Winter 2008, Volume 14, No. 1
By Satoshi Hasegawa
Tororo-Aoi (or nebishi) is not particular to just Mino and it was once used in paper production throughout many Japanese paper mills in Japan. Tororo-Aoi is part of the hollyhock plant family; the slimey liquid, which is extracted from the roots, is an invaluable asset to washi papermakers using the Japanese technique called nagashizuki. Once it was said that it was grown in numerous places, but not anymore. Currently, some self-sufficient paper mills grow Tororo-Aoi themselves. Ibaraki-ken and Kochi-ken are known as the main cultivators of Tororo-Aoi. Recently, papermakers in Mino have been requesting plants from cultivators in Ibaraki-ken; and once each year around November, the harvested Tororo-Aoi are shipped to Mino.
The ideal time for harvest is typically during the finer days of fall in November. However, Tororo-Aoi must be collected and shipped off immediately because it is fragile in nature. You can see every member of each family harvesting Tororo-Aoi together when there is no rain.
Trucks, full of Tororo-Aoi, drive off in a hurry through the night to deliver to mills in Mino by early morning. After the drop-off in Mino, the trucks head west with a year’s supply of Tororo-Aoi to deliver to papermaking mills throughout Japan. The trucks drive as far as Kyushu just to deliver these precious plants. Without Tororo-Aoi, even skilled papermakers would be unable to make high quality washi.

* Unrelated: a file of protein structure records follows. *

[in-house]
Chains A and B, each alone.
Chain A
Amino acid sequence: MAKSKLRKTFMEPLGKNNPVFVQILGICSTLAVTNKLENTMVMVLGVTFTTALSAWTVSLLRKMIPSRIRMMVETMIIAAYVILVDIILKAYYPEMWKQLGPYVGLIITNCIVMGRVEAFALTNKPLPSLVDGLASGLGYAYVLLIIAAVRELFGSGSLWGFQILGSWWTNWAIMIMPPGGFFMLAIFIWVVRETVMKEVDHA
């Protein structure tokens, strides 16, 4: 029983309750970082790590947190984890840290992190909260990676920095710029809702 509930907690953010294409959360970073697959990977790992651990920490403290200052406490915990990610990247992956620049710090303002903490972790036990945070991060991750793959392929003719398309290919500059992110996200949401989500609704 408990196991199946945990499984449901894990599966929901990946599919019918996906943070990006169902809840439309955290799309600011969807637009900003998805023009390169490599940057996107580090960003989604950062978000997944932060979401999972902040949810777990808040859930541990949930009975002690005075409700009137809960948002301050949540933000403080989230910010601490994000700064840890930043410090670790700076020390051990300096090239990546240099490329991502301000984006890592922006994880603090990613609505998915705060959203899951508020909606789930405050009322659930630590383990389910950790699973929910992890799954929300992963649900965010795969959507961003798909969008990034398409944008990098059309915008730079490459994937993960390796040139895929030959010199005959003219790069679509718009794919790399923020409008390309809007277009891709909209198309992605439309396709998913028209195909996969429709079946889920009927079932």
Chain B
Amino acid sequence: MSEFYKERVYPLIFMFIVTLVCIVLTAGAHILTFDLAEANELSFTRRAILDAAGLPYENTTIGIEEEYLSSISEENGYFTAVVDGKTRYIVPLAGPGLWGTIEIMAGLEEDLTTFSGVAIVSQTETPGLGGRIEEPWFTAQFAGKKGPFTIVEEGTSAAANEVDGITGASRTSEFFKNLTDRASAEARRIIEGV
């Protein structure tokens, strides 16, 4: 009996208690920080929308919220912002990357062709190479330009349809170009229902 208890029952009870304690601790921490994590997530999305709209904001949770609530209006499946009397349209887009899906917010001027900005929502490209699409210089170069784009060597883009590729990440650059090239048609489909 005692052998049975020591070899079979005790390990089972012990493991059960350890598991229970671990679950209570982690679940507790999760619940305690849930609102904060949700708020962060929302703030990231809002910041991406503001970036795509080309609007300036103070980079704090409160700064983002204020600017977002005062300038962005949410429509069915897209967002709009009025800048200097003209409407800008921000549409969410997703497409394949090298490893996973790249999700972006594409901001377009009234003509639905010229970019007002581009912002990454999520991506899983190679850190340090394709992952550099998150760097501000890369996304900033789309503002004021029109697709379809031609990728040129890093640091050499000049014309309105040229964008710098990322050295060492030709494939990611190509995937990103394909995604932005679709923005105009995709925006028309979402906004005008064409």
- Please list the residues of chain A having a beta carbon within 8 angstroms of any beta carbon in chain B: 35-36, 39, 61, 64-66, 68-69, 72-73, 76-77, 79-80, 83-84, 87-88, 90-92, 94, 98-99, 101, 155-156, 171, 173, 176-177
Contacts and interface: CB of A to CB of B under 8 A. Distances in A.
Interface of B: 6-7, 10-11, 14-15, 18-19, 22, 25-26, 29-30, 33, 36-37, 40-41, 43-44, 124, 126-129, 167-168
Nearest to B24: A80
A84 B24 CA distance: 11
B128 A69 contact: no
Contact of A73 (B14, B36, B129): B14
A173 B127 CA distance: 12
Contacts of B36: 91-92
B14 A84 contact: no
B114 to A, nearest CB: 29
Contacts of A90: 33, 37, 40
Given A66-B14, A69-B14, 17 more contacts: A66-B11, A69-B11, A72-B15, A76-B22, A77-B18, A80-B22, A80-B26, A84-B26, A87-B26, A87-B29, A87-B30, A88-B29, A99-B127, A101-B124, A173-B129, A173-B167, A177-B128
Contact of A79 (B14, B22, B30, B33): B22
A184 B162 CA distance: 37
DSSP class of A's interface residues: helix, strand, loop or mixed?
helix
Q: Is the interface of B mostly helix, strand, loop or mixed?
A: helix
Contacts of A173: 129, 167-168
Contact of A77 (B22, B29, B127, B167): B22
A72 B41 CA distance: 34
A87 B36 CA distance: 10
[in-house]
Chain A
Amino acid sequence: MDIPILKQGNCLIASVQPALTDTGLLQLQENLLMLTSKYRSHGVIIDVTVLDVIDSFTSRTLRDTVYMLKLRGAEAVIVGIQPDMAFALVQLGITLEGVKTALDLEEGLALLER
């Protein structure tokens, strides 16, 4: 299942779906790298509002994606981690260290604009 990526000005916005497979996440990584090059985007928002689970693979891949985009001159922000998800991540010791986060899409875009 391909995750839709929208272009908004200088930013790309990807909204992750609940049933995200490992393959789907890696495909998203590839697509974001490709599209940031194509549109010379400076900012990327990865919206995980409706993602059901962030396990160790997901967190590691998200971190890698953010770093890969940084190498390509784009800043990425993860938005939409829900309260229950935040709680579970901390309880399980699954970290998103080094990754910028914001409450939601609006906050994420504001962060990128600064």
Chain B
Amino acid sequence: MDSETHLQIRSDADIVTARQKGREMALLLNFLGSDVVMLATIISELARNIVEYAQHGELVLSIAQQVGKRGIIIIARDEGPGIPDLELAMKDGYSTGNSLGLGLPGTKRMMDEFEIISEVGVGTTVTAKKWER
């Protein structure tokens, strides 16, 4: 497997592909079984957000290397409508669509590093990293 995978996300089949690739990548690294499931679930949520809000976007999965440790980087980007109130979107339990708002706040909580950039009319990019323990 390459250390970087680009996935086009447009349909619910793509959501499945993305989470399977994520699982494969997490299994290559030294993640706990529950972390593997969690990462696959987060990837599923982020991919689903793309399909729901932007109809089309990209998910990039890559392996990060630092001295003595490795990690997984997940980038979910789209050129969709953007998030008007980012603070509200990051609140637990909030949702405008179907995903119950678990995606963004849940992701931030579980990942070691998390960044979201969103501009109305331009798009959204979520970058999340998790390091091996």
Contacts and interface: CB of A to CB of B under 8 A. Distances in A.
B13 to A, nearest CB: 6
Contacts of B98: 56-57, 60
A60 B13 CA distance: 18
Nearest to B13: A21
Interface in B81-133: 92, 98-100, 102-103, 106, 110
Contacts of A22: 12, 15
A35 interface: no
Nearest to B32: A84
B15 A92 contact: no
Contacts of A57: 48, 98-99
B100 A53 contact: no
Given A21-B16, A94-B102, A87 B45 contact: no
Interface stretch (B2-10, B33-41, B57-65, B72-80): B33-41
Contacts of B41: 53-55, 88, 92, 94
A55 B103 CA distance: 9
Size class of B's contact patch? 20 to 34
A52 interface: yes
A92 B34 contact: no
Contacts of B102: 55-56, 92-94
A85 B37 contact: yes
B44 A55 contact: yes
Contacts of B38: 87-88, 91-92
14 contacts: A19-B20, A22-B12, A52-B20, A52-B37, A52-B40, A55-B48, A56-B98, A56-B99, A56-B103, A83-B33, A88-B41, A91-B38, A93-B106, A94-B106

Tororo-Aoi is called nebishi in Mino. The quality of the paper depends on the quality of nebishi. When I arrived in Mino over ten years ago, there were twice as many papermakers as there are today. They would wait anxiously to receive nebishi early in the morning. It was somewhat frightening how seriously papermakers examined the qualities of nebishi with eagle eyes. Over the years, the number of papermakers has decreased, and along with them, nebishi deliveries have also dwindled. Despite this, the sheer excitement that exudes on the important day when nebishi is delivered has never faded. Each papermaker creates nebishi using different methods, and this will instantly inspire the topic of conversations among them: “What are your results when using this technique?” “How is that new paper going?” etc. This time of the year is usually the start of the peak season for papermaking. The arrival of nebishi is a bell that signals the beginning of the papermaking season.